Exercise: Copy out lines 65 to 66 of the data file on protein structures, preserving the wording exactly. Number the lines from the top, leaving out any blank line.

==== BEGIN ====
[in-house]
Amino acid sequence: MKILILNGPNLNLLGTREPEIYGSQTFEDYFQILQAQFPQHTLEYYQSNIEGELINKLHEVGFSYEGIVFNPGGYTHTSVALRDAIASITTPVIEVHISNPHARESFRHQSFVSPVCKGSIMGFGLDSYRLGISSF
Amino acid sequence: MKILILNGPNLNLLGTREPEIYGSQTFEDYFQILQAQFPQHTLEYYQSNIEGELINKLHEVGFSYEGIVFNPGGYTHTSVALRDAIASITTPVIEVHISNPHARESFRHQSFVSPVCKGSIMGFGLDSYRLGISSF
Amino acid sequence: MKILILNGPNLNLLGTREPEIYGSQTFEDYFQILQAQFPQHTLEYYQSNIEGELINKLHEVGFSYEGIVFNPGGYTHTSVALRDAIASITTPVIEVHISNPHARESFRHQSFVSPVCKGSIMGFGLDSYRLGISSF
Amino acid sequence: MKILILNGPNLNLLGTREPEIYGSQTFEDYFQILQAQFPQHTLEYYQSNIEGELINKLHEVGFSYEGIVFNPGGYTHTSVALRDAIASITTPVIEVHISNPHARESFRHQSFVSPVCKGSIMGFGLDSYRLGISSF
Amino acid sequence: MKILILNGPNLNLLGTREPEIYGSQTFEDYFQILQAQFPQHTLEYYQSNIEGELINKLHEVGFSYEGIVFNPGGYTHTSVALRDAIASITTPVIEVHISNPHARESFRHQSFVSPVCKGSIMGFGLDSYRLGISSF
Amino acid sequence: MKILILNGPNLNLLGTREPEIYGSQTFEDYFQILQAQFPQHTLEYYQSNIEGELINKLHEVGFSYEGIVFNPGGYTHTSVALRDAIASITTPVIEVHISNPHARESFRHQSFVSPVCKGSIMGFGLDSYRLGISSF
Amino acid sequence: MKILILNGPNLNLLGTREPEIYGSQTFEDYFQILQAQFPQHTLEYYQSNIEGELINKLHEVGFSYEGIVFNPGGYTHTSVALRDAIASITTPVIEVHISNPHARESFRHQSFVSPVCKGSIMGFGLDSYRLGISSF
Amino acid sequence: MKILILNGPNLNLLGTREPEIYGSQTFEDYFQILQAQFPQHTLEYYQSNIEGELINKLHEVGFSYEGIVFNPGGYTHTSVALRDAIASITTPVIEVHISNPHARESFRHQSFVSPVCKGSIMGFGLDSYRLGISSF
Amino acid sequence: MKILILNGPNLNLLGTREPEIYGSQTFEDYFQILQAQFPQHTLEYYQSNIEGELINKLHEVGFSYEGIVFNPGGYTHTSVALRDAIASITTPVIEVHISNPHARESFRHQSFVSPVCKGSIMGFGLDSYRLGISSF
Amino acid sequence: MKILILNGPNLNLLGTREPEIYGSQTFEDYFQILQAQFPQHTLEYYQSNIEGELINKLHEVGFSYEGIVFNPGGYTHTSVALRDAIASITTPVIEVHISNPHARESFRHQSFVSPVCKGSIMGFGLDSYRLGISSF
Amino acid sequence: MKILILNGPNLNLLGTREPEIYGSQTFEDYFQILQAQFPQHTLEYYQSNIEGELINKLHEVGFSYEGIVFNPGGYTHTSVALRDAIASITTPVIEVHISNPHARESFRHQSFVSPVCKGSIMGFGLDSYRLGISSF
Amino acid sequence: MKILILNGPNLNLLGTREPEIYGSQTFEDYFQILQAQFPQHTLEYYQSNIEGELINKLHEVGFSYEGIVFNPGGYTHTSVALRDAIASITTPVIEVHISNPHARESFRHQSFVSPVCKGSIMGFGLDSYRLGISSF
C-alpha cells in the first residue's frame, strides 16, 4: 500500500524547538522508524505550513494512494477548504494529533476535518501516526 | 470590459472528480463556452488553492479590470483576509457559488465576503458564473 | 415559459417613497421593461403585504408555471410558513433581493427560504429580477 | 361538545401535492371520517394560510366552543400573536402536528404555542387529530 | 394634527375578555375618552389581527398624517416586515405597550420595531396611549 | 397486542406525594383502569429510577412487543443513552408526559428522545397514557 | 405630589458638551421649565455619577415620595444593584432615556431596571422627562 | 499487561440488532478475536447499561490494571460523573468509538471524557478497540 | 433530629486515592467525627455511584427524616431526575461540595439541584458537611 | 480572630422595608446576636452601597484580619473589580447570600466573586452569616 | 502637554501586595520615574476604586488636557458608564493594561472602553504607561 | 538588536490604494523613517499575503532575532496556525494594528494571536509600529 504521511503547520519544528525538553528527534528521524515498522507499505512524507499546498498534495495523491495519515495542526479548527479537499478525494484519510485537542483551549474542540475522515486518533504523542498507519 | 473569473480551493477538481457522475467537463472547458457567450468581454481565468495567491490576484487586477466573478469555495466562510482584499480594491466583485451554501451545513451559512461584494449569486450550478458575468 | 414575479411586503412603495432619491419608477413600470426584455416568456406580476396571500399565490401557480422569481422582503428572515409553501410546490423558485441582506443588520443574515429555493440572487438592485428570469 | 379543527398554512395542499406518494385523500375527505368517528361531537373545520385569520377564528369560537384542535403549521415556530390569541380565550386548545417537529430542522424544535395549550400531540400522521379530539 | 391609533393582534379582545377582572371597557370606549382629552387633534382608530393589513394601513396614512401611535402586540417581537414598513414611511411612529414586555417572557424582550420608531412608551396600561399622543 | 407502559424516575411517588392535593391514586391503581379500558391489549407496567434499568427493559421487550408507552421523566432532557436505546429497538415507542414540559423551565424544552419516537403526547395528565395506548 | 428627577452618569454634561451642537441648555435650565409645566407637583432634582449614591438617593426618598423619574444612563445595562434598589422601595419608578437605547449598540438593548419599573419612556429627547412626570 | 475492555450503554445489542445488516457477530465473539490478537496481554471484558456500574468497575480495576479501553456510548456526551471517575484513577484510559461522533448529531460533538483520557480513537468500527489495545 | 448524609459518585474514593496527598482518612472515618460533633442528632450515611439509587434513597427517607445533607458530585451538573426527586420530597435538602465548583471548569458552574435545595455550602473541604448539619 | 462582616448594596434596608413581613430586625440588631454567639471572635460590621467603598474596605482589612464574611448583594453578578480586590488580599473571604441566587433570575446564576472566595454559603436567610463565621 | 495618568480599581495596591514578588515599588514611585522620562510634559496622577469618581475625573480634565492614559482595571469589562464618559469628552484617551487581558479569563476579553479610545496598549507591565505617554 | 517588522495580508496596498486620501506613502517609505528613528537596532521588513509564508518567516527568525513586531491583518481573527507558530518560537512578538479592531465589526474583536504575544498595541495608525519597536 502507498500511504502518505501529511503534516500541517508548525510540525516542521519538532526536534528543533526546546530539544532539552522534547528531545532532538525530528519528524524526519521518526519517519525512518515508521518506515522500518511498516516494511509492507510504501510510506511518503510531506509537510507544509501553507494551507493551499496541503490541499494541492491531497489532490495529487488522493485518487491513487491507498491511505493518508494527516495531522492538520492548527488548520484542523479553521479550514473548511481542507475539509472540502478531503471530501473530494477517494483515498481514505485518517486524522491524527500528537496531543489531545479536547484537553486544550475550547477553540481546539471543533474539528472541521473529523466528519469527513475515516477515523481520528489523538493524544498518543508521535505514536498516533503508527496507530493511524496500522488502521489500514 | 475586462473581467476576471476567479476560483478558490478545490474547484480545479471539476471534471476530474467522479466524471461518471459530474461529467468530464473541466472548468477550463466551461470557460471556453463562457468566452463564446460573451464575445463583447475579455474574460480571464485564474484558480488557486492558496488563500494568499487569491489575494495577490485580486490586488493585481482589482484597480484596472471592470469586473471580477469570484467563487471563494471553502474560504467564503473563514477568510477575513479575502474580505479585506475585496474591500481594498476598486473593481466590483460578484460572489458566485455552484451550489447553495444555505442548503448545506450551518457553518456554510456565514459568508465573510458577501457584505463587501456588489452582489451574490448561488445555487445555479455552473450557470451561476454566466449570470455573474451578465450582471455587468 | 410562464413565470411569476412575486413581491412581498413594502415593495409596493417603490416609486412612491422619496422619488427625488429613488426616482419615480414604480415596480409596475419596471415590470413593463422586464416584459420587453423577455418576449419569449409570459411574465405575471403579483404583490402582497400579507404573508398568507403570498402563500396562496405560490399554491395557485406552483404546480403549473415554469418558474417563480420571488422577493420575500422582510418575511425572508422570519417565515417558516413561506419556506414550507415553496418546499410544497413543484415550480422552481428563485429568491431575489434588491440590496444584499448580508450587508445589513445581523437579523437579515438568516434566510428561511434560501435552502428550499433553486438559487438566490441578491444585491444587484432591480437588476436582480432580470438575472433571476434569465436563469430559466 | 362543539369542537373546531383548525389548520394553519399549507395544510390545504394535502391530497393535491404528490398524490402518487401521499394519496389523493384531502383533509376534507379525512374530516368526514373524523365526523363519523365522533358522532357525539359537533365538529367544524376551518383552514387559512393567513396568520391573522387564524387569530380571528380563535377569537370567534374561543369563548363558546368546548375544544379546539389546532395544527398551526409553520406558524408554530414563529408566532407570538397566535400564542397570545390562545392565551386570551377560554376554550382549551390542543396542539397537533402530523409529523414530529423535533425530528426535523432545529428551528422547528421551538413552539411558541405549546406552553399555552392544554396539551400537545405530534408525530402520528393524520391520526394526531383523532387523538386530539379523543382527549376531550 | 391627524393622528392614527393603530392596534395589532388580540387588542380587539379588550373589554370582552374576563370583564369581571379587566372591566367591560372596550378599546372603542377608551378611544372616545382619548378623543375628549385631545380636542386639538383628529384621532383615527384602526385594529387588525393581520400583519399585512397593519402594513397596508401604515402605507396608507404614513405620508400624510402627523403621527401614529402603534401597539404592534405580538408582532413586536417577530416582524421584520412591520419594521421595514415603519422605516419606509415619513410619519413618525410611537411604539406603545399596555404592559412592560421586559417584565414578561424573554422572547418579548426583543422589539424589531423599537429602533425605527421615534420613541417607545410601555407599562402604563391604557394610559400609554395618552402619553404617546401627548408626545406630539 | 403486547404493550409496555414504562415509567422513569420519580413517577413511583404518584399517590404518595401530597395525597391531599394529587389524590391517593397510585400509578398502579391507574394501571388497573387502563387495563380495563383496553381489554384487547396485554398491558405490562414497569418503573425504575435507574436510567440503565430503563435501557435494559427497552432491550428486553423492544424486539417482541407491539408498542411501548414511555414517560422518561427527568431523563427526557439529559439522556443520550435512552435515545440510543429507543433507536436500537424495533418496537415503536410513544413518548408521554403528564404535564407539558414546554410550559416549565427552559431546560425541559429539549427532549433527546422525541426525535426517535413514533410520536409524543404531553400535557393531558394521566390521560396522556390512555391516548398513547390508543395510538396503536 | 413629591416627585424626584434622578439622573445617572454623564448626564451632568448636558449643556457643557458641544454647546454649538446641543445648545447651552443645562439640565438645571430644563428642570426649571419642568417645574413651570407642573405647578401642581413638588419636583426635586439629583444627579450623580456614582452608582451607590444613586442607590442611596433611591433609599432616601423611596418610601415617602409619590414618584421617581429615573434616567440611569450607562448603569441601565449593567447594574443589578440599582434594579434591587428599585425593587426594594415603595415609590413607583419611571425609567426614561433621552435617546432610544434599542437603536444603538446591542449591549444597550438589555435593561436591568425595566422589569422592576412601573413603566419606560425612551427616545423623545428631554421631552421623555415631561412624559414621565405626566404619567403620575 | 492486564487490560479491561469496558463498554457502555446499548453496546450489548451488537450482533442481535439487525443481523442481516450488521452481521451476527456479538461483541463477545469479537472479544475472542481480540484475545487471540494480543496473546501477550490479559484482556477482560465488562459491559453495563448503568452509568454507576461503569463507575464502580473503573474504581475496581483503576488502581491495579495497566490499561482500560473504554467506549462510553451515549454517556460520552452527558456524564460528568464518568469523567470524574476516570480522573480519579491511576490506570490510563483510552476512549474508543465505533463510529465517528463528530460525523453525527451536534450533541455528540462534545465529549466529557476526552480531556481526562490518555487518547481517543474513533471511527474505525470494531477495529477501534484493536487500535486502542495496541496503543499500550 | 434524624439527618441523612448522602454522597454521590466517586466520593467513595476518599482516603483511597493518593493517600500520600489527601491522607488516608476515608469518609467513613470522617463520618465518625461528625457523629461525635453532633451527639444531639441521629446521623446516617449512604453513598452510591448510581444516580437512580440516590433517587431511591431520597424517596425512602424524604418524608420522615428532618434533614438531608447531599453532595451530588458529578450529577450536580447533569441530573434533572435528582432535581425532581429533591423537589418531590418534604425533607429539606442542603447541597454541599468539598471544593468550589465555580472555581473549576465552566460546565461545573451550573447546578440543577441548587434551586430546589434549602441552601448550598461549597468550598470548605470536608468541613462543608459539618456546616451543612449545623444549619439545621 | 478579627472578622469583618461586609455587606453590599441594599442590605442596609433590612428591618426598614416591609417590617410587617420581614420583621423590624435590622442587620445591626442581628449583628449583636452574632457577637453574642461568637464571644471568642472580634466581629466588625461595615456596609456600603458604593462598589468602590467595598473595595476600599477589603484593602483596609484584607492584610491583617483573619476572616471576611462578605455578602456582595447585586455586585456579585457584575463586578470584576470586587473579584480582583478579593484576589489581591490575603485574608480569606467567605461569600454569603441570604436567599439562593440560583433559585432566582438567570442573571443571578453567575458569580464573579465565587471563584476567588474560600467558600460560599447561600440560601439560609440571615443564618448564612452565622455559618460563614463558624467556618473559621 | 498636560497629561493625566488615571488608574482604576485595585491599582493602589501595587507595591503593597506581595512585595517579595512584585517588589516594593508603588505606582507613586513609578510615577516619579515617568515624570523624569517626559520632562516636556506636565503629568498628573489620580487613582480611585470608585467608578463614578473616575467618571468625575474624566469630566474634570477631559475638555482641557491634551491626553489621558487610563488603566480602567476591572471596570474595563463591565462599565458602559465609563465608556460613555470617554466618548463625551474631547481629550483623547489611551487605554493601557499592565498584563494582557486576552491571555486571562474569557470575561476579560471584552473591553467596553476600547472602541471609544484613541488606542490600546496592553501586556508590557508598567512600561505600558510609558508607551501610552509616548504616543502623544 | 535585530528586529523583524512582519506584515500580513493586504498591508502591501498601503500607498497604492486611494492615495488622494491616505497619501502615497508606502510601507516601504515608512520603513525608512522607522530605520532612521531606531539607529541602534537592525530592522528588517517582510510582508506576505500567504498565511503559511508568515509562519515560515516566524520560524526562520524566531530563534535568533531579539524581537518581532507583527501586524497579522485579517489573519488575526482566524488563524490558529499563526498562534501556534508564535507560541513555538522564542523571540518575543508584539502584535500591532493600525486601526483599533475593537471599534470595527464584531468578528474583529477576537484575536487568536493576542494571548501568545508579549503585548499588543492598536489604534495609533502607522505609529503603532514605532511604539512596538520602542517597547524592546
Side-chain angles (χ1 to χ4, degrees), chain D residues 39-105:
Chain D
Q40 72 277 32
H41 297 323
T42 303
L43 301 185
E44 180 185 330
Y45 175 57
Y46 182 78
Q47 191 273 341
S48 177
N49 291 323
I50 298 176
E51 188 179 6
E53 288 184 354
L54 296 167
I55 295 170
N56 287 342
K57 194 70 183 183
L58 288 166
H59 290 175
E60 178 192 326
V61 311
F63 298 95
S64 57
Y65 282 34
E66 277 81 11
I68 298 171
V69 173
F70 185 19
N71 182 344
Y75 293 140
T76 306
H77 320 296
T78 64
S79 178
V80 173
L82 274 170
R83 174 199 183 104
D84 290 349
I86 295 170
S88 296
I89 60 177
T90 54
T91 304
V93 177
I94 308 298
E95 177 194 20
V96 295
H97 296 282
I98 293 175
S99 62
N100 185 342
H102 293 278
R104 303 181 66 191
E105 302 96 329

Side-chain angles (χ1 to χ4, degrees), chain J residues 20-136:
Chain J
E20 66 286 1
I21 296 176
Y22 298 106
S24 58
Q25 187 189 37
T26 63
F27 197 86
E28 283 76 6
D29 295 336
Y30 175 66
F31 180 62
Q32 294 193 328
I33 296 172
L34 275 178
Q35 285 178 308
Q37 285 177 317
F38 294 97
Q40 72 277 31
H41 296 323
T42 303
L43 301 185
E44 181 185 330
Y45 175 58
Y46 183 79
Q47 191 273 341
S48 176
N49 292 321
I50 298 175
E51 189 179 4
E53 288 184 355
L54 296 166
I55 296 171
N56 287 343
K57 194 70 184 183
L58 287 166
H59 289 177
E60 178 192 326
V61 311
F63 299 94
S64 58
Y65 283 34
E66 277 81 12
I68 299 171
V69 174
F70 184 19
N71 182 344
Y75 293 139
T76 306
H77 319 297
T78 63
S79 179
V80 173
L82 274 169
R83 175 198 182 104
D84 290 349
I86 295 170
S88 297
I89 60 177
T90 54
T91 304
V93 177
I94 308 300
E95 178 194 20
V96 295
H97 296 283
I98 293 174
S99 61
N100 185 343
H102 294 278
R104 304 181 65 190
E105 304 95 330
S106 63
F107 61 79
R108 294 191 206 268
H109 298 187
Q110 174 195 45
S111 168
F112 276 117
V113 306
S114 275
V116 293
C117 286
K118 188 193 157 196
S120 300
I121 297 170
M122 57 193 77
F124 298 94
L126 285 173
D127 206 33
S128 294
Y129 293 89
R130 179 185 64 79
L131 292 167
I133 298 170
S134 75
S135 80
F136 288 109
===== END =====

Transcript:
I98 293 175
S99 62